Every vehicle you can see on the road has its own, unique Vehicle Identification Number (VIN). It is also sometimes referred to as the body number. VIN is unique to every vehicle, which literally means that no two cars share the same VIN. This is why the number is often compared to a car's DNA or a fingerprint, as it makes it possible to identify a vehicle just as easily and precisely.
VIN is not only used to identify passenger cars but also all the other vehicle types, from motorcycles and mopeds, through buses, trucks, and even trailers.
VIN is provided by the car manufacturer and it is placed on the vehicle before it leaves the factory. The number is put in different places depending on the model of a car but all VINs are uniform in terms of formatting. Vehicles manufactured in the EU are identified in accordance with ISO-3779; every VIN constitutes of 17 units (letters and digits, except for I, Q and O). The European norm also applies to vehicles manufactured in e.g. Canada, Japan, China and Australia.
Regardless of where the manufacturer put the VIN inside the car, the number must also be put into the vehicle documentation, such as the registration card.
What exactly does VIN include and what information can be decoded from it? Its different letters and digits have a precisely assigned meaning:
- the first three units are the WMI; it is the identification code of the manufacturer and country where the car was assembled. For instance, cars with their VINs beginning with “J” are all made in Japan, while those whose VIN begins with “1” are made in the USA.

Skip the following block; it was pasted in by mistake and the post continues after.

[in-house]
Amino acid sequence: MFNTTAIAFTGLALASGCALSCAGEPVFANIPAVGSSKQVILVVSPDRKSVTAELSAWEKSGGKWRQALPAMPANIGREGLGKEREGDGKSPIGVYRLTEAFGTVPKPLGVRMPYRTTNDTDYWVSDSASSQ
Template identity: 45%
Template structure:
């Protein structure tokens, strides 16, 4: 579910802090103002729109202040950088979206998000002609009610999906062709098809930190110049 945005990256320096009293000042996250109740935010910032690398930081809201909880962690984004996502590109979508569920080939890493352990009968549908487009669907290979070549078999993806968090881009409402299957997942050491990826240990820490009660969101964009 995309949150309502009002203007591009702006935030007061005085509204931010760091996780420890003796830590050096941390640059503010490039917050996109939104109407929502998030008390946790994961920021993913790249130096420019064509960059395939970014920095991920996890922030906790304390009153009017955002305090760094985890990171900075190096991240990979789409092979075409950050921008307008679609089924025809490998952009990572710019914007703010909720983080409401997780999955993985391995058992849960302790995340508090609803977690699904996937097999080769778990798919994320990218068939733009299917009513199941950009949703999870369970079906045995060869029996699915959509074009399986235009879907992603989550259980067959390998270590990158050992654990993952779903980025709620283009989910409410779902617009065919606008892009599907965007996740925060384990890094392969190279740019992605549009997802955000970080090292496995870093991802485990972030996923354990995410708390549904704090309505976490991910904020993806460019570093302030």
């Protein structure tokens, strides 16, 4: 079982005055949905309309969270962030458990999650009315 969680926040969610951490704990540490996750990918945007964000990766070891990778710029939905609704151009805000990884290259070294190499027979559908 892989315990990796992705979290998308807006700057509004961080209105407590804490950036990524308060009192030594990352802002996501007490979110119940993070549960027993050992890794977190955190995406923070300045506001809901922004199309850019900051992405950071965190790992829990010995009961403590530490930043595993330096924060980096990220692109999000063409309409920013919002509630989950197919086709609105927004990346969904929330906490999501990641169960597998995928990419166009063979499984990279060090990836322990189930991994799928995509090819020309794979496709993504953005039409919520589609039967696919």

- the second part of VIN includes vehicle type information. Every manufacturer codes this info in its own way but it is always included in units 4 to 9. It is here that lets you identify whether the car has air bags, what safety belts are fitted in it, what body type it has and how many doors, as well as what class of car it is (e.g. SUV, economy class). The last unit in this section is the VIN validation character: a special algorithm makes it possible to verify that none of the previous signs has been illegally modified.
- units 10 to 17 are letters and digits (the last 4 are always digits) that not only make it possible to identify the exact car (this part is unique to every vehicle), but they also contain data on the engine version, drive type, accessories and the like. It is also here that information on the model year and factory where the car was manufactured can be found (the year is always placed at unit 10).
It is worth knowing that VIN plates may contain other symbols apart from letters and digits; these symbols are called separators. Every manufacturer uses its own symbols to separate different sections of the VIN or to mark the beginning and end of the number. These separators are not, however, present in the registration documents; it is not allowed to use any spaces or dashes in the documentation.
Apart from being contained in the registration card, the VIN must also be placed on a special nameplate that can be found in different places depending on the car. In passenger cars the nameplate can usually be found near the right shock absorber, firewall, as well as the left side of the cockpit body.
When you have the VIN of a car, you can find out about much more than just where and when the car was manufactured or what accessories it had while leaving the factory. You can also check vehicle history, which is of great importance if you're planning to by a second-hand car. Because the number is unique to every car or motorbike, every country has its own databases storing information on e.g. accidents and collisions the car was involved in, service repairs and theft reports. Vehicle history reports also store the mileage logs and info on car owner changes.
You can find the report on a used car if you type in its VIN number on our website, autoDNA.pl. If you're planning to buy a second-hand car, make sure you visit it first!